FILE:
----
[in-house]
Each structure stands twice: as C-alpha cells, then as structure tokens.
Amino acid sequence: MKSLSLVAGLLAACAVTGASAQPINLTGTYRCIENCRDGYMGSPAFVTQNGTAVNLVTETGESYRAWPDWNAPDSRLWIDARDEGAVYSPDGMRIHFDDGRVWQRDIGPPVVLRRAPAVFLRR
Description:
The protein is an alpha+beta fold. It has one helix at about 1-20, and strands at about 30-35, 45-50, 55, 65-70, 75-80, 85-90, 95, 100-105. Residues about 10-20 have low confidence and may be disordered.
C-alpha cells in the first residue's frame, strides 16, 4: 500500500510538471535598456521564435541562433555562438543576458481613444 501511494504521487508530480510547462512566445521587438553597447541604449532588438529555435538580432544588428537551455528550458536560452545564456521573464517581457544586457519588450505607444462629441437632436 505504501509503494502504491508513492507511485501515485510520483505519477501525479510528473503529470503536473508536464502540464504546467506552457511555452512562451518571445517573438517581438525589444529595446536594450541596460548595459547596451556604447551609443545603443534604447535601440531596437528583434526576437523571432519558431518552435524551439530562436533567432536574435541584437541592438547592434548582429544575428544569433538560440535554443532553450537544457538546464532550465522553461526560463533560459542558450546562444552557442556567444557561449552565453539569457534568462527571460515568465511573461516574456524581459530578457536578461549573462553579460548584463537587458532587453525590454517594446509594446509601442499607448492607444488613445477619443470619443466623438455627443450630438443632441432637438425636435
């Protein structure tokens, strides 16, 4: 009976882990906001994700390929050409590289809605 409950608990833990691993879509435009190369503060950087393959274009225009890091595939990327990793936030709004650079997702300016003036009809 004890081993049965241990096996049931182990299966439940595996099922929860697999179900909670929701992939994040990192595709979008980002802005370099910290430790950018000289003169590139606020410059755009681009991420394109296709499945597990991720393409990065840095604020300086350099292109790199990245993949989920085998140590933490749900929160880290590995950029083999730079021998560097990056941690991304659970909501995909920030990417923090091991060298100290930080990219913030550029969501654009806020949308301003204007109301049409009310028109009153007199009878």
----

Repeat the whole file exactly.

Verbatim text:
[in-house]
Each structure stands twice: as C-alpha cells, then as structure tokens.
Amino acid sequence: MKSLSLVAGLLAACAVTGASAQPINLTGTYRCIENCRDGYMGSPAFVTQNGTAVNLVTETGESYRAWPDWNAPDSRLWIDARDEGAVYSPDGMRIHFDDGRVWQRDIGPPVVLRRAPAVFLRR
Description:
The protein is an alpha+beta fold. It has one helix at about 1-20, and strands at about 30-35, 45-50, 55, 65-70, 75-80, 85-90, 95, 100-105. Residues about 10-20 have low confidence and may be disordered.
C-alpha cells in the first residue's frame, strides 16, 4: 500500500510538471535598456521564435541562433555562438543576458481613444 501511494504521487508530480510547462512566445521587438553597447541604449532588438529555435538580432544588428537551455528550458536560452545564456521573464517581457544586457519588450505607444462629441437632436 505504501509503494502504491508513492507511485501515485510520483505519477501525479510528473503529470503536473508536464502540464504546467506552457511555452512562451518571445517573438517581438525589444529595446536594450541596460548595459547596451556604447551609443545603443534604447535601440531596437528583434526576437523571432519558431518552435524551439530562436533567432536574435541584437541592438547592434548582429544575428544569433538560440535554443532553450537544457538546464532550465522553461526560463533560459542558450546562444552557442556567444557561449552565453539569457534568462527571460515568465511573461516574456524581459530578457536578461549573462553579460548584463537587458532587453525590454517594446509594446509601442499607448492607444488613445477619443470619443466623438455627443450630438443632441432637438425636435
């Protein structure tokens, strides 16, 4: 009976882990906001994700390929050409590289809605 409950608990833990691993879509435009190369503060950087393959274009225009890091595939990327990793936030709004650079997702300016003036009809 004890081993049965241990096996049931182990299966439940595996099922929860697999179900909670929701992939994040990192595709979008980002802005370099910290430790950018000289003169590139606020410059755009681009991420394109296709499945597990991720393409990065840095604020300086350099292109790199990245993949989920085998140590933490749900929160880290590995950029083999730079021998560097990056941690991304659970909501995909920030990417923090091991060298100290930080990219913030550029969501654009806020949308301003204007109301049409009310028109009153007199009878």